New York City is launching an initiative with six community organizations to combat bias-motivated incidents and hate crimes, Mayor Bill de Blasio announced at his press conference on Tuesday.
He was joined by Deborah Lauter, Executive Director of the Office for the Prevention of Hate Crimes to launch the Partners Against the Hate (P.A.T.H.) FORWARD initiative. P.A.T.H. FORWARD will provide funding and program support to six organizations that will promote community-based approaches to reduce hate crimes and to expand services for victims.
“These hate crimes and bias goes against everything we believe as New Yorkers and our whole history, our whole identity as New Yorkers,” de Blasio said. “Hate to has no place here. We’ll educate people. We’ll show solidarity. We’ll have community-based efforts. We’ll have efforts in our schools. And we’ll also ensure there are consequences for anyone who commits a hate crime.”
There has been a surge of hate crimes targeting Asian Americans in recent months, and antisemitic crimes targeting Jews in recent weeks. In response, the city has increased police patrols in Asian American and Jewish neighborhoods.
The mayor said he recently met with with two victims of antisemitic hate crimes and “heard the fear they felt, the pain they felt, the sense of insecurity. We can’t let that happen in New York City,” he said. ” The NYPD is going to play a crucial role…[and] we need partners who are going to make a difference on the ground.”
P.A.T.H. will distribute $3 million in funding to the Anti-Violence Project, the Arab American Association of New York, the Asian American Federation, the Hispanic Federation, the Jewish Community Relations Council, and the 67th Precinct Clergy Council. These six organizations will work with OPHC to create community-based approaches to combatting hate.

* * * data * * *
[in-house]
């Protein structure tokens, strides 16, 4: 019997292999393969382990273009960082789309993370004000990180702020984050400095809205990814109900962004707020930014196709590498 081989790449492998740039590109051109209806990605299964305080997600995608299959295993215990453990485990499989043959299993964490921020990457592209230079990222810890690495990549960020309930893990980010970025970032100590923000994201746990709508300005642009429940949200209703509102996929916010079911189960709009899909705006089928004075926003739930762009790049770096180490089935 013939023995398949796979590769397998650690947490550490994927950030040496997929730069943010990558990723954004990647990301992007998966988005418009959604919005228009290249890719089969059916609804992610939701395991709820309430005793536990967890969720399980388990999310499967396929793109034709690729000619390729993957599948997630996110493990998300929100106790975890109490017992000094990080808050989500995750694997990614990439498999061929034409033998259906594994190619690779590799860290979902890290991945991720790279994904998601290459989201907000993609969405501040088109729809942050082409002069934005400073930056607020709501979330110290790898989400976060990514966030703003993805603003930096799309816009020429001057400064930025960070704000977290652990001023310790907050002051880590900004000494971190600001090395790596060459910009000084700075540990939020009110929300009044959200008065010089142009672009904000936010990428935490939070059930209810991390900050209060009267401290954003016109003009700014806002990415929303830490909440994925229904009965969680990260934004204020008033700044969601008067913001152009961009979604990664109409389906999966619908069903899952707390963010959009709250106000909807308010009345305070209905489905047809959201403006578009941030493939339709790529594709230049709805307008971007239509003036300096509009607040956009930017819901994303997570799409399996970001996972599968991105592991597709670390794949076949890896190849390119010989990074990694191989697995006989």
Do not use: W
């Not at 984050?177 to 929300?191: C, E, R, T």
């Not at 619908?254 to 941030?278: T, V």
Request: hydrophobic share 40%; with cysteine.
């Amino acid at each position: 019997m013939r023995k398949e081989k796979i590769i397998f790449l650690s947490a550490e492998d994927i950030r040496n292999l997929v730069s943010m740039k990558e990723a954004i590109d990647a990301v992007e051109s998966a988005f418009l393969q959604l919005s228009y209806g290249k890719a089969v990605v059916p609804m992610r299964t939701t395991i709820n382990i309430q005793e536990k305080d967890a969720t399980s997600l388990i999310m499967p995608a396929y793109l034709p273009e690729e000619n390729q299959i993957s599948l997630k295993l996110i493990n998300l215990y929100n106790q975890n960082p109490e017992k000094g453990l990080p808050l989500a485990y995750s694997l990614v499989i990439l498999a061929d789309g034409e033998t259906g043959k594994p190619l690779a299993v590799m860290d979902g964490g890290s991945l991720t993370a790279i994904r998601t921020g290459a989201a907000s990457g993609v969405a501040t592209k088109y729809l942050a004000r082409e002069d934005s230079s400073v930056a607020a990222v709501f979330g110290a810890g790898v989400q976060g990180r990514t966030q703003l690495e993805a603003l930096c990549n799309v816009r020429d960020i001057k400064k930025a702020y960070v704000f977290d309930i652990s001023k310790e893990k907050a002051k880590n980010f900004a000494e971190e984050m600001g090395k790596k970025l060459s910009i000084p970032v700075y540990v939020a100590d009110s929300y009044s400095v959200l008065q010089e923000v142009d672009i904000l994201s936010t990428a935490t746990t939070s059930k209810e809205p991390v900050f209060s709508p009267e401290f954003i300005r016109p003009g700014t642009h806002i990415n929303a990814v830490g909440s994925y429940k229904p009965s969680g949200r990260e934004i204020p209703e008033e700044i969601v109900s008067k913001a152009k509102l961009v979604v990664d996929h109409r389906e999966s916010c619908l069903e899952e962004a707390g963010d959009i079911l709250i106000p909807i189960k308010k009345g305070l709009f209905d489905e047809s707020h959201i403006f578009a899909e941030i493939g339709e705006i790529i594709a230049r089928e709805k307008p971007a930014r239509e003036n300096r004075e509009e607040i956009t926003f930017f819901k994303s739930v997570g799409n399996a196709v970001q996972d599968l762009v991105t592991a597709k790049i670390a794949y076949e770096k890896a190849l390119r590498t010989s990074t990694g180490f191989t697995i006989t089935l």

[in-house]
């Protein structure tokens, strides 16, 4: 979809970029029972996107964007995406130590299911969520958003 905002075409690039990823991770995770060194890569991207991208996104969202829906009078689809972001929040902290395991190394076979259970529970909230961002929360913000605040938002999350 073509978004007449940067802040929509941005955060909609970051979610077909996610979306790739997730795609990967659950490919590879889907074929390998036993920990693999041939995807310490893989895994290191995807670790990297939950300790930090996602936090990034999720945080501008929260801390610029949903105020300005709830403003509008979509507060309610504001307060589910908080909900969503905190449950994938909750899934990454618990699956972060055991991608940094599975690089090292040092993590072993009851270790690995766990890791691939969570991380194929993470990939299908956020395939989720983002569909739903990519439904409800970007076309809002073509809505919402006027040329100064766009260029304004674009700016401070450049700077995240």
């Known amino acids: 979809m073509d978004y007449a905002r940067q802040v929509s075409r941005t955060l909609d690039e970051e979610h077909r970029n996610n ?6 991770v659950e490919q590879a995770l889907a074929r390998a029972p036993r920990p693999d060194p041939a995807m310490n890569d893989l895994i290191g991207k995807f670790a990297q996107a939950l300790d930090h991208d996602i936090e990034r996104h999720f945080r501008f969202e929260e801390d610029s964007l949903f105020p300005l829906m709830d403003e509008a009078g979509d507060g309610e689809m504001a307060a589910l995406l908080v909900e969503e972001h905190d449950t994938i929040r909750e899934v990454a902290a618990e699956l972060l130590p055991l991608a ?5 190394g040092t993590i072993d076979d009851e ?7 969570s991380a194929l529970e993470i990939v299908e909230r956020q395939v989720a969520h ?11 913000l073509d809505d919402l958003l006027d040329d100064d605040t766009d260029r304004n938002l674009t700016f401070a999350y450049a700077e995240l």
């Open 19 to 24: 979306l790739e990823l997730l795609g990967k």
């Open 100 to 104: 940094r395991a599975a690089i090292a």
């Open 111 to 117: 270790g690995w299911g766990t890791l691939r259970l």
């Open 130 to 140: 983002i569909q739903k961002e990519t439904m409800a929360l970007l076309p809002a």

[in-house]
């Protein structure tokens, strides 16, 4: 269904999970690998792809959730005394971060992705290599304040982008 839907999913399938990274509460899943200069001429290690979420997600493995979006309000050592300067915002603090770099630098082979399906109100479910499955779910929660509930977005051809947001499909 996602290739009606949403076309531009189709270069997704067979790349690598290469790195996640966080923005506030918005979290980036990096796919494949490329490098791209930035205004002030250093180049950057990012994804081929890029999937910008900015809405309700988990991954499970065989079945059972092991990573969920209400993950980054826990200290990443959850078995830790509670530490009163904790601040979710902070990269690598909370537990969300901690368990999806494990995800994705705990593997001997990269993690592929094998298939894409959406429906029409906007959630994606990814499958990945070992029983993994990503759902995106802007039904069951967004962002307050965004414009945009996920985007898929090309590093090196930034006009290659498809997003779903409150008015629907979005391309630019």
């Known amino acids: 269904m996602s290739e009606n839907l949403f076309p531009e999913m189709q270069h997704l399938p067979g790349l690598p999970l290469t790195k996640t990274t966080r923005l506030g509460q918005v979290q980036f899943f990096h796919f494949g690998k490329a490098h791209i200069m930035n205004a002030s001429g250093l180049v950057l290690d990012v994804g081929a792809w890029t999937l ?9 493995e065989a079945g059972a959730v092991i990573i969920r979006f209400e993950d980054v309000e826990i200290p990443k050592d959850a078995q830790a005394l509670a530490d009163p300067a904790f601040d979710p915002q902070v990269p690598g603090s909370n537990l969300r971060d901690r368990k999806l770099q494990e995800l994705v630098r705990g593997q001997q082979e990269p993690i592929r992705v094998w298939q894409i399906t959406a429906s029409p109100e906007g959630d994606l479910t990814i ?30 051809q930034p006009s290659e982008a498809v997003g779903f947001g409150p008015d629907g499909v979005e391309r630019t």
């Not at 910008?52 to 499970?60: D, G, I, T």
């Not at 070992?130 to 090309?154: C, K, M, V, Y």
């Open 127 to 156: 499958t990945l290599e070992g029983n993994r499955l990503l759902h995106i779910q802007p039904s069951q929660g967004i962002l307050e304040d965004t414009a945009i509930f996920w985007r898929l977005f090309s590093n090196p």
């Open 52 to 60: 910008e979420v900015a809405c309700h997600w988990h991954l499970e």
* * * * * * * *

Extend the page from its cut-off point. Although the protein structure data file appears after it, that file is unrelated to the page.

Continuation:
“There is not one way to stop hate: it takes a multi-pronged approach that includes strong laws and their enforcement, education to stop biases that fuel hate violence, and healthy community relations,” said Lauter. “New York City is committing significant resources to support the diverse communities that are the most vulnerable to acts of hate. We are optimistic that this initiative will have a significant, long-term impact that ensures all New Yorkers feel respected and safe.”
P.A.T.H. FORWARD anchors will also serve as judges in the awarding of OPHC Hate Crime Prevention Innovation Grants. These grants, which range from $5,000 to $20,000 to be distributed on a revolving basis throughout the year, will encourage individuals, organizations, and academic institutions to use their entrepreneurial skills to develop projects aimed at reducing hate violence and promoting community respect.
OPHC is an office within the the Mayor’s Office of Criminal Justice and was launched in September 2019 approach to prevent and respond to hate crimes, develop community-driven prevention strategies to address biases fueling such crimes, and support victims and their communities.
Updated Friday, May 28, 2021 at 2:20 pm .